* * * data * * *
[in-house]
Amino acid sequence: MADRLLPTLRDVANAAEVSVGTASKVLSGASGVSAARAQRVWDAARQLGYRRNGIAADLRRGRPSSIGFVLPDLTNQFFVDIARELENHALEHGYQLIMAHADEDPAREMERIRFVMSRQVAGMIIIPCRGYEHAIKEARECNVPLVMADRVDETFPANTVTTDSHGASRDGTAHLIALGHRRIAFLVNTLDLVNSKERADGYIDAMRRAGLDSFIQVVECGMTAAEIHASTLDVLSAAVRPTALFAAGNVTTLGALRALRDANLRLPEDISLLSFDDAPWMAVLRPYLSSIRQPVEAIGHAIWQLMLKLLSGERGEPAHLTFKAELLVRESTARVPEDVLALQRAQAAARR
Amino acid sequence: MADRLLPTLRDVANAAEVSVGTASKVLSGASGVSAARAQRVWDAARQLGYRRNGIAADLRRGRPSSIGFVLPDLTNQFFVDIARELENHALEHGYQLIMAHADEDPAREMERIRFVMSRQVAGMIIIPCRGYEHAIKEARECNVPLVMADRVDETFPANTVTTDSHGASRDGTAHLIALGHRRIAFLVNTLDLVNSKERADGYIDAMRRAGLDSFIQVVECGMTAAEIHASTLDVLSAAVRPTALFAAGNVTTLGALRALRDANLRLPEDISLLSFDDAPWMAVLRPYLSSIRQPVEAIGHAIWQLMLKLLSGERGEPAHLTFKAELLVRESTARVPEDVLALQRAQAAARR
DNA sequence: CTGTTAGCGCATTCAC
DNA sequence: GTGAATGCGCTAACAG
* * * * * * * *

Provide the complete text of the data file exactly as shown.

[in-house]
Amino acid sequence: MADRLLPTLRDVANAAEVSVGTASKVLSGASGVSAARAQRVWDAARQLGYRRNGIAADLRRGRPSSIGFVLPDLTNQFFVDIARELENHALEHGYQLIMAHADEDPAREMERIRFVMSRQVAGMIIIPCRGYEHAIKEARECNVPLVMADRVDETFPANTVTTDSHGASRDGTAHLIALGHRRIAFLVNTLDLVNSKERADGYIDAMRRAGLDSFIQVVECGMTAAEIHASTLDVLSAAVRPTALFAAGNVTTLGALRALRDANLRLPEDISLLSFDDAPWMAVLRPYLSSIRQPVEAIGHAIWQLMLKLLSGERGEPAHLTFKAELLVRESTARVPEDVLALQRAQAAARR
Amino acid sequence: MADRLLPTLRDVANAAEVSVGTASKVLSGASGVSAARAQRVWDAARQLGYRRNGIAADLRRGRPSSIGFVLPDLTNQFFVDIARELENHALEHGYQLIMAHADEDPAREMERIRFVMSRQVAGMIIIPCRGYEHAIKEARECNVPLVMADRVDETFPANTVTTDSHGASRDGTAHLIALGHRRIAFLVNTLDLVNSKERADGYIDAMRRAGLDSFIQVVECGMTAAEIHASTLDVLSAAVRPTALFAAGNVTTLGALRALRDANLRLPEDISLLSFDDAPWMAVLRPYLSSIRQPVEAIGHAIWQLMLKLLSGERGEPAHLTFKAELLVRESTARVPEDVLALQRAQAAARR
DNA sequence: CTGTTAGCGCATTCAC
DNA sequence: GTGAATGCGCTAACAG